Is Equality Comparison a Code Pollution?

This post is about where to put the equality comparison logic: under the test or production code.

Equality comparison

First off, what is equality comparison and how is it related to unit testing?

Equality comparison (or equality comparison logic) is a set of methods that allow you to compare one object to another. The primary use case here is checking whether these two objects are the same.

Here’s how it relates to unit testing. Sometimes, you need to verify a group of an object’s properties, like this:

public void Changing_tour_starting_point_changes_gathering_address()
    var busTour = new TourRoute();


    Assert.Equal("16 E Basin Dr SW", busTour.GatheringAddress.Street);
    Assert.Equal("Washington", busTour.GatheringAddress.City);
    Assert.Equal("DC", busTour.GatheringAddress.State);
    Assert.Equal("20242", busTour.GatheringAddress.ZipCode);

It’s quite tedious to write all these assertions in each and every test that verifies address-related info.

Instead, you could introduce an equality comparison logic that would allow you to compare address instances using just one assertion.

And that’s where this question comes up: where should you put this logic?

You could put it under the test code as a separate equality comparer:

public class AddressComparer : IEqualityComparer<Address>
    public bool Equals(Address x, Address y)
        if (x is null && y is null)
            return true;

        if (x is null || y is null)
            return false;

        return x.Street == y.Street
            && x.City == y.City
            && x.State == y.State
            && x.ZipCode == y.ZipCode;

    public int GetHashCode(Address obj)
            int hashCode = (obj.Street != null ? obj.Street.GetHashCode() : 0);
            hashCode = (hashCode * 397) ^ (obj.City != null ? obj.City.GetHashCode() : 0);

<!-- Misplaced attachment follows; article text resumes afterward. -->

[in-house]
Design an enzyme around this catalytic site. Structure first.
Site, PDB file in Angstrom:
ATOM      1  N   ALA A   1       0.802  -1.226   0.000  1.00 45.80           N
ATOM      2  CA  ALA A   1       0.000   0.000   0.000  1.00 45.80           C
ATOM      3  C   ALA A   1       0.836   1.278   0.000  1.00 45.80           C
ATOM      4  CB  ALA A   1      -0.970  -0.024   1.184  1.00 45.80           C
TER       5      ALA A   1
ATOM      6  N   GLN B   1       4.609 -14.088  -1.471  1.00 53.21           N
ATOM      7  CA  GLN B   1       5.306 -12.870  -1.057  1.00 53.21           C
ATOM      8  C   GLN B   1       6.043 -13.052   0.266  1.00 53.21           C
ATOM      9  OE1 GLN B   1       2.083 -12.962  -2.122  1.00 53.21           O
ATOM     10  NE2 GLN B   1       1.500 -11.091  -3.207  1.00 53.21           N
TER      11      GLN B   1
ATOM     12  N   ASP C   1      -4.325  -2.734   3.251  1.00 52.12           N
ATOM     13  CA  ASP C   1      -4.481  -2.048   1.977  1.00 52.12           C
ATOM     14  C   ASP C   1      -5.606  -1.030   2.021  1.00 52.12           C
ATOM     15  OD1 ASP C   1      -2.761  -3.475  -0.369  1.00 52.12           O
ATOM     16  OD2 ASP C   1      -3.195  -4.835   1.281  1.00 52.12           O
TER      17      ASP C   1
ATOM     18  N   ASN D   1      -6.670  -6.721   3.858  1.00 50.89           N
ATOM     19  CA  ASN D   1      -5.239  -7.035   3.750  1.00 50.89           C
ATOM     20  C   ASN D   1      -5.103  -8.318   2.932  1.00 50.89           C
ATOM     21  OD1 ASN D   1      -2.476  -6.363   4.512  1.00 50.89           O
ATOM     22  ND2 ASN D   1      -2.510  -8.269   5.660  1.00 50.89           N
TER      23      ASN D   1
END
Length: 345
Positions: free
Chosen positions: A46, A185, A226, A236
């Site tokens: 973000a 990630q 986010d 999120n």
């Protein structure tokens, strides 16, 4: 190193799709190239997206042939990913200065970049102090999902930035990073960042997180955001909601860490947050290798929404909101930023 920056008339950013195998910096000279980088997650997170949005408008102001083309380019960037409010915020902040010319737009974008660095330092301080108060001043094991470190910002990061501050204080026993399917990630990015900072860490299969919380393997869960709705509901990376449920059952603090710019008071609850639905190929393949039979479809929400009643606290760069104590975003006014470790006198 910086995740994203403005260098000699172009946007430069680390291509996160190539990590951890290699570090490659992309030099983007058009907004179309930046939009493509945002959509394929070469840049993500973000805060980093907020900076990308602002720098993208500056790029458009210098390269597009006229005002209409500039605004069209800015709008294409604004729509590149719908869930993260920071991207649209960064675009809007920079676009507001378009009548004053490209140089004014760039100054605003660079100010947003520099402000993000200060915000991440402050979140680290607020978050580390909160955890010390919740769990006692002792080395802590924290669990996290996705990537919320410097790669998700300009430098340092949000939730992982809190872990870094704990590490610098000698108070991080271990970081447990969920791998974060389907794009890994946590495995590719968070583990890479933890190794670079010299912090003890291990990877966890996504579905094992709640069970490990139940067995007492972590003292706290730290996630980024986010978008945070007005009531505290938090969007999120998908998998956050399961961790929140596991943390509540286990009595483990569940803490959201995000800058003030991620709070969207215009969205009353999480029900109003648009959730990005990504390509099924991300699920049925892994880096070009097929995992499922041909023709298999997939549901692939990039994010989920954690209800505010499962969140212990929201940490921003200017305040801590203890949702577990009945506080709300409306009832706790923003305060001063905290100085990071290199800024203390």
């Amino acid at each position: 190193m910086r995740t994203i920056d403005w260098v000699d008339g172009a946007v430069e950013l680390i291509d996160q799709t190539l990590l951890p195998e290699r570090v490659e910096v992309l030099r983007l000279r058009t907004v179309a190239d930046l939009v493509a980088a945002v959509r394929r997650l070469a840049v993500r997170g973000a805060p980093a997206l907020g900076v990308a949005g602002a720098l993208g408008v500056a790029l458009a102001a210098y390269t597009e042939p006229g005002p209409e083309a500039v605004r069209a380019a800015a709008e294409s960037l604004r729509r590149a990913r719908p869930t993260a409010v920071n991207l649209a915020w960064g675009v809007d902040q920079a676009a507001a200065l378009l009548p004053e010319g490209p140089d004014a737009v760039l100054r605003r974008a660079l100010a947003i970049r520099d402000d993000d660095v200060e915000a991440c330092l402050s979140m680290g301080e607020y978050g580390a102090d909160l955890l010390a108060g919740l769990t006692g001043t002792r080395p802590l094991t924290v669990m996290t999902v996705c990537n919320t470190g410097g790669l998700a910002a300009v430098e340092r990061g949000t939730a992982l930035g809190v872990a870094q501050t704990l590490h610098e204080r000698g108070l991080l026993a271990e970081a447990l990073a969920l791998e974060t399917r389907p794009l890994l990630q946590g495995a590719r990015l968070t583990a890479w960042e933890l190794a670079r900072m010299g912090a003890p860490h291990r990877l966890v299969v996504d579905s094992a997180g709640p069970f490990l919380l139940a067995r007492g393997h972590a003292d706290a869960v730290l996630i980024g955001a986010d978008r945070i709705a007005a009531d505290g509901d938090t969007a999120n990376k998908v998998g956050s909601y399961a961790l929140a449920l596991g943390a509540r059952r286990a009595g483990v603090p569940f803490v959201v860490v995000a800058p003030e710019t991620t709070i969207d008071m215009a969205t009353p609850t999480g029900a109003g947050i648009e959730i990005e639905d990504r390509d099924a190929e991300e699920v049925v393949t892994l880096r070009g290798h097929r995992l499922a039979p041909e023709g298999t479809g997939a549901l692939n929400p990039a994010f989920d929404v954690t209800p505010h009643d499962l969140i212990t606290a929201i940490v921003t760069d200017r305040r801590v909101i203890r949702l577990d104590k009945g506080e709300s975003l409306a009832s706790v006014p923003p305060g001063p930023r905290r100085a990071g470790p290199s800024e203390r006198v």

hashCode = (hashCode * 397) ^ (obj.State != null ? obj.State.GetHashCode() : 0);
            hashCode = (hashCode * 397) ^ (obj.ZipCode != null ? obj.ZipCode.GetHashCode() : 0);
            return hashCode;

and then use it in the test like this:

public void Changing_tour_starting_point_changes_gathering_address()
    var busTour = new TourRoute();


        new Address("16 E Basin Dr SW", "Washington", "DC", "20242"), // expected
        busTour.GatheringAddress, // actual
        new AddressComparer()); // custom comparer

Or you could add this comparison logic to the Address class directly and simplify the assertion even further (because you’d be able to omit the custom comparer).

So, which approach is better?

Missing abstraction vs YAGNI

In the book, I wrote that when the test’s assertion section grows too large, it could be a sign of a missing abstraction. And that’s exactly the case for our sample code: the Address class is a Value Object, meaning that it doesn’t have an identity and we should compare its instances not by reference (which is the default way in most OOP languages), but using structural equality.

This obviously speaks in favor of putting the equality comparison logic directly to Address. But there’s a counter-argument: wouldn’t that logic be a code pollution?

Code pollution is an anti-pattern that takes place when you add production code that’s only needed for testing. Normally, it takes the form of various types of switches that make the code’s behavior differ in production and test environments:

public class Logger
    private readonly bool _isTestEnvironment;

    public Logger(bool isTestEnvironment) // the switch
        _isTestEnvironment = isTestEnvironment;

    public void Log(string text)
        if (_isTestEnvironment)